Key thoughts for hospitals on the best strategies for population health: Q&A With CareSkore CEO Jas Grewal

Jas Grewal, CEO of CareSkore, discusses how population health initiatives are evolving and what the most successful hospitals are preparing for in the future.

Q: How are hospitals approaching population health today? What types of initiatives are most pertinent?

Jas Grewal: The efforts that hospitals have in place really depend on the kind of institution, some have a robust strategy in place, others are starting the journey. It is loud and clear is that given the change from fee-for- service to value-based care, healthier population and giving meaningful care, not just more care is going to become a much larger focus.

Hospitals/providers are putting in place different kinds of risk stratification tools to better understand at-risk patient populations. These solutions, like CareSkore, access patient risk both clinically and financially. They paint a comprehensive picture of patients that are high utilization and need additional resources, but also clearly show the financial impact of not managing the at-risk population.

Predicting future risks is also very important. After all, you cannot manage what you can’t measure. The best and leading solutions are discussing engaging patients through highly personalized communication, based on patient’s predicted risks. We believe that patients that will be more engaged will be healthier, and this initiative to engage them has to be provider-led. Patients are most likely to listen and actively engage with the doctor or nurse they see in the hospital. The issue is due to lack of time and resources, this does not happen as often as one would expect.

Q: How is technology evolving to meet the needs of population health? What are the best programs using to make sure their initiatives are efficient and effective?

JG: With analytics platforms and other technology factors, like cheap storage, faster processing, we are able to tackle issues that were limited access in past. Not only historical analysis, but also predictive analytics and offsetting future risks is going to be very key.

Once you have an understanding of what your patient population looks like, putting in place the right patient engagement strategies, is going to be key. Whether it is personalized and automated patient reach out to remind on appointments, or clinical follow up, the technology would need to provide for the lack of time and resources providers have. But, the best solutions understand that pop health has to be led by the clinicians, and see higher patient engagement rates.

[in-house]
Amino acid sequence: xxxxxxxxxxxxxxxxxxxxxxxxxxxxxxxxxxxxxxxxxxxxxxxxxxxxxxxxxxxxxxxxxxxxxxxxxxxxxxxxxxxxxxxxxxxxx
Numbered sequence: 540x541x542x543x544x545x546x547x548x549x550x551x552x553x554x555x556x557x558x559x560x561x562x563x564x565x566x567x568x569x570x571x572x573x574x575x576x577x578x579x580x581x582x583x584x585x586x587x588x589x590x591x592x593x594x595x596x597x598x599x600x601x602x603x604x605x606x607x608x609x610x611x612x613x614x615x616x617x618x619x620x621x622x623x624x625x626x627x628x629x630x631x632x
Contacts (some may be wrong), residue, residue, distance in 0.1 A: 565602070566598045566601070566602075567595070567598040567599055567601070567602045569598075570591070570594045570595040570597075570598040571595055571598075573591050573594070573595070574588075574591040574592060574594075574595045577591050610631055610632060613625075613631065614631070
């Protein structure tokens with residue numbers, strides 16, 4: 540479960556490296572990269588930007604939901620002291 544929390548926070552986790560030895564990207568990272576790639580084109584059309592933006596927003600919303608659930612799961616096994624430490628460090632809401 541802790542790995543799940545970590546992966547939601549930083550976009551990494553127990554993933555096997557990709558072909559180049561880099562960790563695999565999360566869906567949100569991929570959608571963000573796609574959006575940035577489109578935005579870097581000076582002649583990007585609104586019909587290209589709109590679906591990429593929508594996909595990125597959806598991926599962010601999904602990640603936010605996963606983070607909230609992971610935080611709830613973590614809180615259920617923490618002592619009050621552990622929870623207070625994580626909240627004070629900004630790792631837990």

The best programs are the ones that clearly show that they can improve both clinical and financial outcomes. At careskore, we use the last 12 months as a control period, and show ongoing improvement on a quarterly basis. Whether we are tracking at risk patients or patient engagements, we typically see an improvement in clinical metrics and star rating for hospitals.

Q: How can hospitals track their results and show benefit to their community?

JG: There is more public data on hospitals than ever before, including hospital report cards, hospital compare and private rating systems. The hospitals that put a strong strategy in place will show up eventually in these public sources. Recognizing and managing this is very important, these are playing a more and more critical role in consumer choice.

To show benefit to community, hospitals should report on the key metrics or areas of high impact they decide on, whether it is readmission rates or infection rates, or management of behavioral health patients. Once established, they should show a positive tracking curve towards better outcomes for these patient populations

Q: Where do you see population health heading in the future?

JG: First, with an increasing number of patients moving from fee-for-service to value based care, the need for managing overall health of populations is going to increase.

Second, with higher patient copays, and more transparency on quality, the patients will behave more like typical consumers in other markets. When we do a $500 purchase online, we look for options, reviews and all kinds of information for our decision. This is going to unfold in healthcare. Patients are already engaging at a higher rate with their physician, and want to be better informed. In this era of awareness, engaging and providing high levels of service to patients is going to be key.

Third, driven by financial incentives in line with better quality care, we will see reduction in wasteful care and utilization, and better clinical outcomes for an increasing subset of patients.

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